Poultry fowl suffer from a number of diseases caused by virus, bacteria, fungi, parasites, as well as from nutritional deficiencies. These necessitate proper cleaning, sanitation, and spraying of disinfectants at regular intervals. Appropriate vaccination can prevent the occurrence of
infectious diseases and reduce loss of poultry during an outbreak of disease.


(b) Silver carp

(c)Common carp
(d) Rahu

Fish is a cheap source of animal protein for our food. Fish production includes the finned true fish as well as shellfish such as prawns and molluscs. There are two ways of obtaining fish. One is from natural resources, which is called capture fishing. The other way is by fish farming, which is called culture fishery.

The water source of the fish can be either seawater or fresh water, such as in rivers and ponds. Fishing can thus be done both by capture and culture of fish in marine and freshwater ecosystems.


India’s marine fishery resources include 7500 km of coastline and the deep seas beyond it. Popular marine fish varieties include pomphret, mackerel, tuna, sardines, and Bombay duck. Marine fish are caught using many kinds of fishing nets from fishing boats. Yields are increased by locating large schools of fish in the open sea using satellites and echo-sounders.

Some marine fish of high economic value are also farmed in seawater. This includes finned fishes like mullets, bhetki, and pearl spots, shellfish such as prawns , mussels and oysters as well as seaweed. Oysters are also cultivated for the pearls they make.

As marine fish stocks get further depleted, the demand for more fish can only be met by such culture fisheries, a practice called mariculture.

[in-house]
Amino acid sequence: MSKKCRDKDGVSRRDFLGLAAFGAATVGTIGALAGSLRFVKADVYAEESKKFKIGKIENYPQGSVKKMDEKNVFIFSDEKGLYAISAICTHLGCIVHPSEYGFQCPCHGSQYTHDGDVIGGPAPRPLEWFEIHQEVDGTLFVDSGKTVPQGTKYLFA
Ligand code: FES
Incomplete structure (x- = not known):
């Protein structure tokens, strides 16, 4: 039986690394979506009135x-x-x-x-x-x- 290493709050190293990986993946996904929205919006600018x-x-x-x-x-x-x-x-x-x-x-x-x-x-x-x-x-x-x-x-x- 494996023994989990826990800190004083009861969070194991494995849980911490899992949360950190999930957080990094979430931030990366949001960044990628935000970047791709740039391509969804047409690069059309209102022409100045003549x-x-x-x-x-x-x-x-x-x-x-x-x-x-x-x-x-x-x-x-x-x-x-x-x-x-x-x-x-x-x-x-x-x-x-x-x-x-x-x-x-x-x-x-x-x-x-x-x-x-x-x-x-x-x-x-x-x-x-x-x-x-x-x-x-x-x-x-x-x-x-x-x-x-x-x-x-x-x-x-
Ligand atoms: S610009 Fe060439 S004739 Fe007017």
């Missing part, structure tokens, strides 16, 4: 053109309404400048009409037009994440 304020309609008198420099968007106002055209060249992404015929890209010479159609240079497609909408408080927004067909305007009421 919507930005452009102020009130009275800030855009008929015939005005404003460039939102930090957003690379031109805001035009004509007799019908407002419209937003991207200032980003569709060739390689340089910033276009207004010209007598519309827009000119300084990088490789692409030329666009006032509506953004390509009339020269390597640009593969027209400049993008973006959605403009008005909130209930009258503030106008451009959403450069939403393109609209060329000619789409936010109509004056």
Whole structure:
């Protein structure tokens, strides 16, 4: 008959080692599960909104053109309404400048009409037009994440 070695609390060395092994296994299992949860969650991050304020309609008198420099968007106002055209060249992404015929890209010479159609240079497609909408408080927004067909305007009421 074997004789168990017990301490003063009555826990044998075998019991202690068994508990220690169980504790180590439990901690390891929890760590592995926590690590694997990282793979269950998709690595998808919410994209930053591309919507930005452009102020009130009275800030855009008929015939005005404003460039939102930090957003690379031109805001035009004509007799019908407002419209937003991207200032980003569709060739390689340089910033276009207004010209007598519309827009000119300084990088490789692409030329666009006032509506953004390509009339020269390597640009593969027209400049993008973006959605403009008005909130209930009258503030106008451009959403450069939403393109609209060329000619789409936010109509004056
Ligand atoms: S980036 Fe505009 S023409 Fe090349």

Macrobrachium rosenbergii (fresh water)
Peneaus monodon (marine)


Fresh water resources include canals, ponds, reservoirs and rivers. Brackish water resources, where seawater and fresh water mix together, such as estuaries and lagoons are also important fish reservoirs. While capture fishing is also done in such inland water bodies, the yield is not high. Most fish production from these resources is through aquaculture.

Fish culture is sometimes done in combination with a rice crop, so that fish are grown in the water in the paddy field. More intensive fish farming can be done in composite fish culture systems. Both local and imported fish species are used in such systems.

In such a system, a combination of five or six fish species is used in a single fishpond.
These species are selected so that they do not compete for food among them having different types of food habits. As a result, the food available in all the parts of the pond is used. As Catlas are surface feeders, Rohus feed in the middle-zone of the pond, Mrigals and Common Carps are bottom feeders, and Grass Carps feed on the weeds, together these species can use all the food in the pond without competing with each other. This increases the fish yield from the pond.

One problem with such composite fish culture is that many of these fish breed only during monsoon. Even if fish seed is collected from the wild, it can be mixed with that of other species as well. So, a major problem in fish farming is the lack of availability of good quality seed. To overcome this problem, ways have now been worked out to breed these fish in ponds using hormonal stimulation. This has ensured the supply of pure fish seed in desired quantities.


(a) Arrangement of beehive in an apiary
(b) honey extractor

Honey is widely used and therefore beekeeping for making honey has become an agricultural enterprise. Since bee-keeping needs low investments, farmers use it as an additional income generating activity. In addition to honey, the beehives are a source of wax which is used in various medicinal preparations.

The local varieties of bees used for commercial honey production are Apis cerana indica, commonly known as the Indian bee, A. dorsata, the rock bee and A. florae, the little bee. An Italian bee variety, A. mellifera, has also been brought in to increase yield of honey.

This is the variety commonly used for commercial honey production.

The Italian bees have high honey collection capacity. They sting somewhat less. They stay in a given beehive for long periods, and breed very well. For commercial honey production, bee farms or apiaries are established.

The value or quality of honey depends upon the pasturage, or the flowers available to the bees for nectar and pollen collection. In addition to adequate quantity of pasturage, the kind of flowers available will determine the taste of the honey.